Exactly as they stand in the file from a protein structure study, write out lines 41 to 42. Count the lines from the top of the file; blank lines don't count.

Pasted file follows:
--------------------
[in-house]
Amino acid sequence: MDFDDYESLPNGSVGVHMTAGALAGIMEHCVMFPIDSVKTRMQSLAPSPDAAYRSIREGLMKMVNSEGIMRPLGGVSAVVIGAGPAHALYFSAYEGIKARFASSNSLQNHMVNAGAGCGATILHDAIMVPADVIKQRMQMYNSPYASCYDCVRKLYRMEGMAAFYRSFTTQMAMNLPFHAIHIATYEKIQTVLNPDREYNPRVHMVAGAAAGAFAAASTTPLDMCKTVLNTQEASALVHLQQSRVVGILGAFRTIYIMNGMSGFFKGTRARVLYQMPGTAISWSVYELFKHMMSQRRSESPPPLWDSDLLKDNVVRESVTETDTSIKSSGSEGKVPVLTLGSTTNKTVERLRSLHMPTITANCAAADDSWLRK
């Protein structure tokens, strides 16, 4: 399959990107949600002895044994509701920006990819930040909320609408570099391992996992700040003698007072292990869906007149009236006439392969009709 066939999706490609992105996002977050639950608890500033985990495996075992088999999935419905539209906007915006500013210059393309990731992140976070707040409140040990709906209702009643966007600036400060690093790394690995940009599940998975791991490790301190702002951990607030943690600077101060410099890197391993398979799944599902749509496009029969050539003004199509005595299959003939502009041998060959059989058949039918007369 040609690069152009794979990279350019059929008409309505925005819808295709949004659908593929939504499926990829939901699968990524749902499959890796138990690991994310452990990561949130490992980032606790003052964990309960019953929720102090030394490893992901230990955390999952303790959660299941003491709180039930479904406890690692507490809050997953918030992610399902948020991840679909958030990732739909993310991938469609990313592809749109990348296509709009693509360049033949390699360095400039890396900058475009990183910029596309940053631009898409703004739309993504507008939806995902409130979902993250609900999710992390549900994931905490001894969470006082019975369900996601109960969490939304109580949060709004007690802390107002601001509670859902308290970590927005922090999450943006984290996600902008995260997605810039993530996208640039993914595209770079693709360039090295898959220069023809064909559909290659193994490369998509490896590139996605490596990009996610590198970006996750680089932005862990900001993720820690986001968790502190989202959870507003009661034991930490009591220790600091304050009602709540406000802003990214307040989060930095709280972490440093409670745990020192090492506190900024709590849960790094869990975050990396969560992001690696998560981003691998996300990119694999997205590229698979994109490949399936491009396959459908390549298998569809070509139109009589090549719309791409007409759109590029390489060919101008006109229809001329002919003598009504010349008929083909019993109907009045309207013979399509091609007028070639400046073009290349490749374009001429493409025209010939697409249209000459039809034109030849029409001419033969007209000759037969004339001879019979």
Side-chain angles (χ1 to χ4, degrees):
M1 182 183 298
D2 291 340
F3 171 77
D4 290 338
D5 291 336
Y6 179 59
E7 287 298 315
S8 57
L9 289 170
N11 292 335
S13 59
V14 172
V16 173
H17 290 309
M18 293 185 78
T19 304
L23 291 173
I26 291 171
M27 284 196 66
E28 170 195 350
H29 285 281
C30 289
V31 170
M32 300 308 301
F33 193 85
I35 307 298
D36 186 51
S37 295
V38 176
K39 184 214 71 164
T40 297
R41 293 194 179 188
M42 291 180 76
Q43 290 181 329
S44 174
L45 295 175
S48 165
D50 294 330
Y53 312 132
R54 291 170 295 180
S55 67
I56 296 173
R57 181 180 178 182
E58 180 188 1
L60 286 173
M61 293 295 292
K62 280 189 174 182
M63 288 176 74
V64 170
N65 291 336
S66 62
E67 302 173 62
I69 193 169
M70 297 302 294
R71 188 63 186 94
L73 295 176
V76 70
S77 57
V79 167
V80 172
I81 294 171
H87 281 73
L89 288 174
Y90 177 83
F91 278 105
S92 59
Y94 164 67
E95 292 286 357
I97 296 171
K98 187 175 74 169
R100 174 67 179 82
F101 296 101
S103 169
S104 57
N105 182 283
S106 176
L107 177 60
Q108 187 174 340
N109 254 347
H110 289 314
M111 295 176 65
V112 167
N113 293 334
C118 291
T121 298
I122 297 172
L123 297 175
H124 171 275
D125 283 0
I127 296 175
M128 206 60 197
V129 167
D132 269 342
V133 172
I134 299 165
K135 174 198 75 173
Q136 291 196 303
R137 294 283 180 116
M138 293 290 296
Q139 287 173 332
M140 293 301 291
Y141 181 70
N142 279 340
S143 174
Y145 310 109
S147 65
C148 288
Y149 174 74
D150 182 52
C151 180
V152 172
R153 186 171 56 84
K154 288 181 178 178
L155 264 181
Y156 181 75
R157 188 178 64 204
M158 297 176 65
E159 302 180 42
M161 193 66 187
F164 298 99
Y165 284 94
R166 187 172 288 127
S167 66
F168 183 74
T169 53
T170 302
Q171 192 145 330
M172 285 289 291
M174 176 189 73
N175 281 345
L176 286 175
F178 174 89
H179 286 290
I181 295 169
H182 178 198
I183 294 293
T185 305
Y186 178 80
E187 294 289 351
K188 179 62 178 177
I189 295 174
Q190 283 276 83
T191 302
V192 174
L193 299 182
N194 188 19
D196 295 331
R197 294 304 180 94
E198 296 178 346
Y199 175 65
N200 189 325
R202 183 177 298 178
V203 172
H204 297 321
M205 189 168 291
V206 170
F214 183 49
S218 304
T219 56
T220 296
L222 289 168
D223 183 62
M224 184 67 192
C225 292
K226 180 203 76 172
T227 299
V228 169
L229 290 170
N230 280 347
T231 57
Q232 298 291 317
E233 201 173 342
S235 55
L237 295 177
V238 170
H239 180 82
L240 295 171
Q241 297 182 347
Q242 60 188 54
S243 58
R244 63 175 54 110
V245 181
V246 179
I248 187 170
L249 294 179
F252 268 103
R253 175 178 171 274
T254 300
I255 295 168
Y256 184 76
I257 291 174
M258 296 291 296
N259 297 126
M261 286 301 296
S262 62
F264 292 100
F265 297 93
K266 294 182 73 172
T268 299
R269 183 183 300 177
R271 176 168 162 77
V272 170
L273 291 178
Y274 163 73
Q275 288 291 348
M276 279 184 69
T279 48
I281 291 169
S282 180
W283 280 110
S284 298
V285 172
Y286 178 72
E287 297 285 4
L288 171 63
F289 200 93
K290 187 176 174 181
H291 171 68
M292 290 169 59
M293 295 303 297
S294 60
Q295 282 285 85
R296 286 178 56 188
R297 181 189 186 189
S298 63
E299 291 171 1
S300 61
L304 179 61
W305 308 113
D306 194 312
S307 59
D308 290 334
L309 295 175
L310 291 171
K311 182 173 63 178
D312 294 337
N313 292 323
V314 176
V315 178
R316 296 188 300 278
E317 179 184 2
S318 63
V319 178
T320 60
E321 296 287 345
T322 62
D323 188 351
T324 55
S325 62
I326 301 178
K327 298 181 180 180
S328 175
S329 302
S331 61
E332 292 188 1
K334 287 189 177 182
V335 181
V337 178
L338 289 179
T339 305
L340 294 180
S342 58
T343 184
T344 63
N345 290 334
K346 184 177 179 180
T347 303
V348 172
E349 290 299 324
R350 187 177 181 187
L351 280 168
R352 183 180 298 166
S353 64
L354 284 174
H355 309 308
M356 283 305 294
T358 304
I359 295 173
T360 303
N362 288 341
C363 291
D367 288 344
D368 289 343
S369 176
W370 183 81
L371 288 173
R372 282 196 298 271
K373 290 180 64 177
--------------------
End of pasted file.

S48 165
D50 294 330